One of the big issues that comes up in every social aggregate is finding the right balance between the needs and independence of the individual and the needs and structure of the community within which he exists. Careful observation shows that progressive development tends to focus itself through individual insight and action, although there is no doubt that the society has a role in helping to create a fertile environment for such progress to manifest.
It is the individual plant that bears the fruit, but without the contribution of the sun, the rain, the soil, the climatic conditions and in many cases the proximity of other similar plants (particularly for cross-pollination) and insects to carry out much of the pollination activity, there would be serious issues facing both the survival and fruitfulness of the sole plant. We may see here an analogy to the role of the individual within the society. Any society that tries to regiment the individuals into a fixed pattern will have issues with respect to developing and progressing at any speed. Such societies tend to stagnate and represent for the most part periods of consolidation of prior gains rather than upward spurts of growth. Societies that tend towards the fulfillment of the individual without taking into account general needs, may lead to serious progress, but just as likely one would find extreme patterns of income inequality and social imbalance. Such patterns may work in the short term, particularly in a time that needs forward movement on many fronts, but over the long term, they tend to deteriorate and are followed by a consolidation phase characterized by control and regimentation.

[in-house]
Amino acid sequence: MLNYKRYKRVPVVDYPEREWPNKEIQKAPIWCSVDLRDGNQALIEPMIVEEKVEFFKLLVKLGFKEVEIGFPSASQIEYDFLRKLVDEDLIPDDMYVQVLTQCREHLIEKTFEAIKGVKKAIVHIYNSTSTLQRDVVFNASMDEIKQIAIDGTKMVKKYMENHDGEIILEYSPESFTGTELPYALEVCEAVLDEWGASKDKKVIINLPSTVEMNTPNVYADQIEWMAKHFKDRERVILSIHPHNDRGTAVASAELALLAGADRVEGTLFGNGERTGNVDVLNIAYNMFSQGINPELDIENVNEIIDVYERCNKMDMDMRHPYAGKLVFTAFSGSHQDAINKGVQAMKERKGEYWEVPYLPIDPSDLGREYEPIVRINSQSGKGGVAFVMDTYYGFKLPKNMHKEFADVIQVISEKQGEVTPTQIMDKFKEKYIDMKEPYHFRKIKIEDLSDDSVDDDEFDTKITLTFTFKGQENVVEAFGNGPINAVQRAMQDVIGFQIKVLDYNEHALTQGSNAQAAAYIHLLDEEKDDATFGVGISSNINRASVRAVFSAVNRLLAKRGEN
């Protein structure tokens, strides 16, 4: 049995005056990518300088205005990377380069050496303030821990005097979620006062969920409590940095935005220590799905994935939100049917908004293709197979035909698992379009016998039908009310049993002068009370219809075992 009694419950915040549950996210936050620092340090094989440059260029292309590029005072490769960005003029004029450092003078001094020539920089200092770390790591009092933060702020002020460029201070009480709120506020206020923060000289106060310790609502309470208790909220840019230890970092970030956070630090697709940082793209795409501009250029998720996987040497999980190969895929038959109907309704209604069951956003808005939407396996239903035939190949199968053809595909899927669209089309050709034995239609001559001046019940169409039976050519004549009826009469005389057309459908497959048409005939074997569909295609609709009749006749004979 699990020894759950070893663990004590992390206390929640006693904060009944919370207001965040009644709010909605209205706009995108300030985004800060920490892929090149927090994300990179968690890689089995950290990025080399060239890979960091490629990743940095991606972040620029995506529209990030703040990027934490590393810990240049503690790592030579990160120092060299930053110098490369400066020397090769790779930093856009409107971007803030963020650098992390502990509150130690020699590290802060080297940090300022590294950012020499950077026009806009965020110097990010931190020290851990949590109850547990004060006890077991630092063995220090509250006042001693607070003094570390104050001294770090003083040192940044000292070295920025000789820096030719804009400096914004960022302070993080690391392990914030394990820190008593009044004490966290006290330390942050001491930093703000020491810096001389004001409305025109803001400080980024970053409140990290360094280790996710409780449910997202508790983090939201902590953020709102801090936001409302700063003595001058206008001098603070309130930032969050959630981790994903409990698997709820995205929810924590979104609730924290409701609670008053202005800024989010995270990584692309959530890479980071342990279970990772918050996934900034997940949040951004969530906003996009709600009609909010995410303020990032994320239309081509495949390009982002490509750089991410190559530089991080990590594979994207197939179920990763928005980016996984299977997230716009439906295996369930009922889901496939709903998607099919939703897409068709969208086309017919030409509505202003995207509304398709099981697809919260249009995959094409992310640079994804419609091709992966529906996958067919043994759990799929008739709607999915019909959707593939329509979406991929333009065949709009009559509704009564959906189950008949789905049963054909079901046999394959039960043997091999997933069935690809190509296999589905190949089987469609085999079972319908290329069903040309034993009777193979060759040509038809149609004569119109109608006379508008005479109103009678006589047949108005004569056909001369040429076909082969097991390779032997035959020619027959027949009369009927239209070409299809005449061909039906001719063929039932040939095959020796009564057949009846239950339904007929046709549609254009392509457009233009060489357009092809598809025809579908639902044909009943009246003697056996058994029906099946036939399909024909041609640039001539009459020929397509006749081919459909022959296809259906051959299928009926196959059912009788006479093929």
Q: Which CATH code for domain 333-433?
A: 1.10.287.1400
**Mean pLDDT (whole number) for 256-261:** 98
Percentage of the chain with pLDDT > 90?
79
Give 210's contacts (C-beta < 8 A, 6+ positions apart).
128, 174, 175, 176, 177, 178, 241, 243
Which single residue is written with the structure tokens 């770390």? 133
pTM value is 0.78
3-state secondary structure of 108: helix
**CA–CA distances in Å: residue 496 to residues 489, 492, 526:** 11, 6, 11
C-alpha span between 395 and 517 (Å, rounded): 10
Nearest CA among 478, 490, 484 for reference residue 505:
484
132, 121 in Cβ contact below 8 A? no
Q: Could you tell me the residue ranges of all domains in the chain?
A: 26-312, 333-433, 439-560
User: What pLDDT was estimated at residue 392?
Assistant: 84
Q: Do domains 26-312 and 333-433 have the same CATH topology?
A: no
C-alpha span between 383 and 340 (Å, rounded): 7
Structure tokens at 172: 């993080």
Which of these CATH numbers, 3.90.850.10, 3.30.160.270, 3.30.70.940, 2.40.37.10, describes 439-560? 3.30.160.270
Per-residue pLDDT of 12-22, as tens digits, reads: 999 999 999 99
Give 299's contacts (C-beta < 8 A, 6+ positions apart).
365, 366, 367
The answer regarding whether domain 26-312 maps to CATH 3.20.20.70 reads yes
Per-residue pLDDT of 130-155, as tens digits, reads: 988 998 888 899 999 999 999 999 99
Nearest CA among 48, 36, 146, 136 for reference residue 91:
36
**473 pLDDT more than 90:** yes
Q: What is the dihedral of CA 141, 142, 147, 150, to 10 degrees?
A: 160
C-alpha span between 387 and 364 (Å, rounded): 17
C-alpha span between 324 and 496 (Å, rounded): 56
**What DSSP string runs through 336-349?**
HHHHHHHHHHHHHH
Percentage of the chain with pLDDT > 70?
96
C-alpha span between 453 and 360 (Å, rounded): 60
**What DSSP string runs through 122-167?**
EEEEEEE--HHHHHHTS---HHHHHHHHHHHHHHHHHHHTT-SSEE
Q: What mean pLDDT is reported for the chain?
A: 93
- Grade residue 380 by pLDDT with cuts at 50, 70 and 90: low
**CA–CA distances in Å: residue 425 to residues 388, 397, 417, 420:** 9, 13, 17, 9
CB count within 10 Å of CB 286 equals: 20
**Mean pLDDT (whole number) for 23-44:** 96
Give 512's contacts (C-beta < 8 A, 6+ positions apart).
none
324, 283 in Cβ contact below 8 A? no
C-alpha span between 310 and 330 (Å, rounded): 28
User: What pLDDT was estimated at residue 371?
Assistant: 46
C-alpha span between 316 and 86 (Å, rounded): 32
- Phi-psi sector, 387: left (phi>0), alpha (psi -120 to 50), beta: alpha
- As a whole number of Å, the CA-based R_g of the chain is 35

What is needed is to find a reasonable balance between these two types of needs and create a social setting that allows the individual to grow and develop, while at the same time ensuring the soundness and balance within the society at large.
Sri Aurobindo observes: “but even if the unity within is made as perfect as social, administrative and cultural machinery can make it, the question of the individual still remains. For these social units or aggregates are not like the human body in which the component cells are capable of no separate life apart from the aggregate. The human individual tends to exist in himself and to exceed the limits of the family, the clan, the class, the nation; and even, that self-sufficiency on one side, that universality on the other are the essential elements of his perfection. Therefore, just as the systems of social aggregation which depend on the domination of a class or classes over others must change or dissolve, so the social aggregates which stand in the way of this perfection of the individual and seek to coerce him within their limited mould and into the rigidity of a narrow culture or petty class or national interest, must find their term and their day of change or destruction under the irresistible impulsion of progressing Nature.”
Sri Aurobindo, The Ideal of Human Unity, Part I, Chapter 2, The Imperfection of Past Aggregates, pp. 18-19